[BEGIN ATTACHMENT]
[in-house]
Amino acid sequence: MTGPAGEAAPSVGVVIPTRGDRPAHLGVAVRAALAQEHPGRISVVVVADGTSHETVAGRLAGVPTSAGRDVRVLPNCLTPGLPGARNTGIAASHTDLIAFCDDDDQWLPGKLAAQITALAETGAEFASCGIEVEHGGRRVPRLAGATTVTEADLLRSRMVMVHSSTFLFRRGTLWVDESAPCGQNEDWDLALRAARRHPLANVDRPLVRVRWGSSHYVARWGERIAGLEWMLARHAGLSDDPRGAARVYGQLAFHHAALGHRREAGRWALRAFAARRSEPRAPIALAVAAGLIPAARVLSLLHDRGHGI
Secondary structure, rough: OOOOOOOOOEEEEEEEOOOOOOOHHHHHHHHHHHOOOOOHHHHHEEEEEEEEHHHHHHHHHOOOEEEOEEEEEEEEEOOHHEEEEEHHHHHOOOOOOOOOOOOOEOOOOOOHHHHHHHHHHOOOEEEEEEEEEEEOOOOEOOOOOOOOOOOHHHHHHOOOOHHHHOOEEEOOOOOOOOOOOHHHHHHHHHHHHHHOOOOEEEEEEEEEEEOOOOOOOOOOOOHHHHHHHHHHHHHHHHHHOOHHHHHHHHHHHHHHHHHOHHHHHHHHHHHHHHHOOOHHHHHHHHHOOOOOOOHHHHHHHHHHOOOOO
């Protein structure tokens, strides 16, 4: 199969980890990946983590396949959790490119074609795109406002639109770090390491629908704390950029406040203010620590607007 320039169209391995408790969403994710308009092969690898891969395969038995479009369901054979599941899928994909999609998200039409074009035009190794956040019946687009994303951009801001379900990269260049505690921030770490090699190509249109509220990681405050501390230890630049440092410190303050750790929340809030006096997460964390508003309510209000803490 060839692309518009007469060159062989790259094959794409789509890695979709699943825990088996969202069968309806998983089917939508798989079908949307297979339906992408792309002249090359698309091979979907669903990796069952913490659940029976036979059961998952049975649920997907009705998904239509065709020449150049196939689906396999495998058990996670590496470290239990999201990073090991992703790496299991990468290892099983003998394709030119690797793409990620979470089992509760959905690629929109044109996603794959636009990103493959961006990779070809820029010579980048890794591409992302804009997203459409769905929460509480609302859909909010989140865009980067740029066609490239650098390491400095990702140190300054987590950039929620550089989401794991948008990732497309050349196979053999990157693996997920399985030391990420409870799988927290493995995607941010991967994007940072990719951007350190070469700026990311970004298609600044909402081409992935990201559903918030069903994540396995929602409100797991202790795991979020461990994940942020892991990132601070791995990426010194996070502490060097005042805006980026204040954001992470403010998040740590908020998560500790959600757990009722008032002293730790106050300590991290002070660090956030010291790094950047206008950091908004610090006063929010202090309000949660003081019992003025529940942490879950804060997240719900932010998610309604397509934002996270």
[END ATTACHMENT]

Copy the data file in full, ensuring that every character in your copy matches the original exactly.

[in-house]
Amino acid sequence: MTGPAGEAAPSVGVVIPTRGDRPAHLGVAVRAALAQEHPGRISVVVVADGTSHETVAGRLAGVPTSAGRDVRVLPNCLTPGLPGARNTGIAASHTDLIAFCDDDDQWLPGKLAAQITALAETGAEFASCGIEVEHGGRRVPRLAGATTVTEADLLRSRMVMVHSSTFLFRRGTLWVDESAPCGQNEDWDLALRAARRHPLANVDRPLVRVRWGSSHYVARWGERIAGLEWMLARHAGLSDDPRGAARVYGQLAFHHAALGHRREAGRWALRAFAARRSEPRAPIALAVAAGLIPAARVLSLLHDRGHGI
Secondary structure, rough: OOOOOOOOOEEEEEEEOOOOOOOHHHHHHHHHHHOOOOOHHHHHEEEEEEEEHHHHHHHHHOOOEEEOEEEEEEEEEOOHHEEEEEHHHHHOOOOOOOOOOOOOEOOOOOOHHHHHHHHHHOOOEEEEEEEEEEEOOOOEOOOOOOOOOOOHHHHHHOOOOHHHHOOEEEOOOOOOOOOOOHHHHHHHHHHHHHHOOOOEEEEEEEEEEEOOOOOOOOOOOOHHHHHHHHHHHHHHHHHHOOHHHHHHHHHHHHHHHHHOHHHHHHHHHHHHHHHOOOHHHHHHHHHOOOOOOOHHHHHHHHHHOOOOO
């Protein structure tokens, strides 16, 4: 199969980890990946983590396949959790490119074609795109406002639109770090390491629908704390950029406040203010620590607007 320039169209391995408790969403994710308009092969690898891969395969038995479009369901054979599941899928994909999609998200039409074009035009190794956040019946687009994303951009801001379900990269260049505690921030770490090699190509249109509220990681405050501390230890630049440092410190303050750790929340809030006096997460964390508003309510209000803490 060839692309518009007469060159062989790259094959794409789509890695979709699943825990088996969202069968309806998983089917939508798989079908949307297979339906992408792309002249090359698309091979979907669903990796069952913490659940029976036979059961998952049975649920997907009705998904239509065709020449150049196939689906396999495998058990996670590496470290239990999201990073090991992703790496299991990468290892099983003998394709030119690797793409990620979470089992509760959905690629929109044109996603794959636009990103493959961006990779070809820029010579980048890794591409992302804009997203459409769905929460509480609302859909909010989140865009980067740029066609490239650098390491400095990702140190300054987590950039929620550089989401794991948008990732497309050349196979053999990157693996997920399985030391990420409870799988927290493995995607941010991967994007940072990719951007350190070469700026990311970004298609600044909402081409992935990201559903918030069903994540396995929602409100797991202790795991979020461990994940942020892991990132601070791995990426010194996070502490060097005042805006980026204040954001992470403010998040740590908020998560500790959600757990009722008032002293730790106050300590991290002070660090956030010291790094950047206008950091908004610090006063929010202090309000949660003081019992003025529940942490879950804060997240719900932010998610309604397509934002996270």